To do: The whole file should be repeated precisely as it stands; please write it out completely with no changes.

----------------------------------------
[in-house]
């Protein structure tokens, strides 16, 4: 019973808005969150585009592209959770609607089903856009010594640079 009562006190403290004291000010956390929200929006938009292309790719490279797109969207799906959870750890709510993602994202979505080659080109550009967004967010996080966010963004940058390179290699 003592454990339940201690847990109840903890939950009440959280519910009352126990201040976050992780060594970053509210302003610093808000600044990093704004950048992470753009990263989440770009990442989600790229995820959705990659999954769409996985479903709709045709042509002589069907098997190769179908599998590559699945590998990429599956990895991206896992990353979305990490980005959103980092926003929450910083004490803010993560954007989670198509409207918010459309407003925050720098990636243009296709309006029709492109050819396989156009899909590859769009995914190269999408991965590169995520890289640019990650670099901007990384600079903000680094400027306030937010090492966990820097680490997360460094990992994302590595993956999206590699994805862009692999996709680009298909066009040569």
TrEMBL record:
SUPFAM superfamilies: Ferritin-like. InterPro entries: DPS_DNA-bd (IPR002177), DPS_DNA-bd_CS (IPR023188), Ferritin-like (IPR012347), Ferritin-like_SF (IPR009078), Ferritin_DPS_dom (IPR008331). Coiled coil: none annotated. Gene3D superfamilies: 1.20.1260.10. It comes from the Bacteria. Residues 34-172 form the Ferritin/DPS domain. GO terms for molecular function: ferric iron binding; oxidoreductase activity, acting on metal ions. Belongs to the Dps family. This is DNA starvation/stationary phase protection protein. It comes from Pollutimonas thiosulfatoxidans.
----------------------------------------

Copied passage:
[in-house]
């Protein structure tokens, strides 16, 4: 019973808005969150585009592209959770609607089903856009010594640079 009562006190403290004291000010956390929200929006938009292309790719490279797109969207799906959870750890709510993602994202979505080659080109550009967004967010996080966010963004940058390179290699 003592454990339940201690847990109840903890939950009440959280519910009352126990201040976050992780060594970053509210302003610093808000600044990093704004950048992470753009990263989440770009990442989600790229995820959705990659999954769409996985479903709709045709042509002589069907098997190769179908599998590559699945590998990429599956990895991206896992990353979305990490980005959103980092926003929450910083004490803010993560954007989670198509409207918010459309407003925050720098990636243009296709309006029709492109050819396989156009899909590859769009995914190269999408991965590169995520890289640019990650670099901007990384600079903000680094400027306030937010090492966990820097680490997360460094990992994302590595993956999206590699994805862009692999996709680009298909066009040569």
TrEMBL record:
SUPFAM superfamilies: Ferritin-like. InterPro entries: DPS_DNA-bd (IPR002177), DPS_DNA-bd_CS (IPR023188), Ferritin-like (IPR012347), Ferritin-like_SF (IPR009078), Ferritin_DPS_dom (IPR008331). Coiled coil: none annotated. Gene3D superfamilies: 1.20.1260.10. It comes from the Bacteria. Residues 34-172 form the Ferritin/DPS domain. GO terms for molecular function: ferric iron binding; oxidoreductase activity, acting on metal ions. Belongs to the Dps family. This is DNA starvation/stationary phase protection protein. It comes from Pollutimonas thiosulfatoxidans.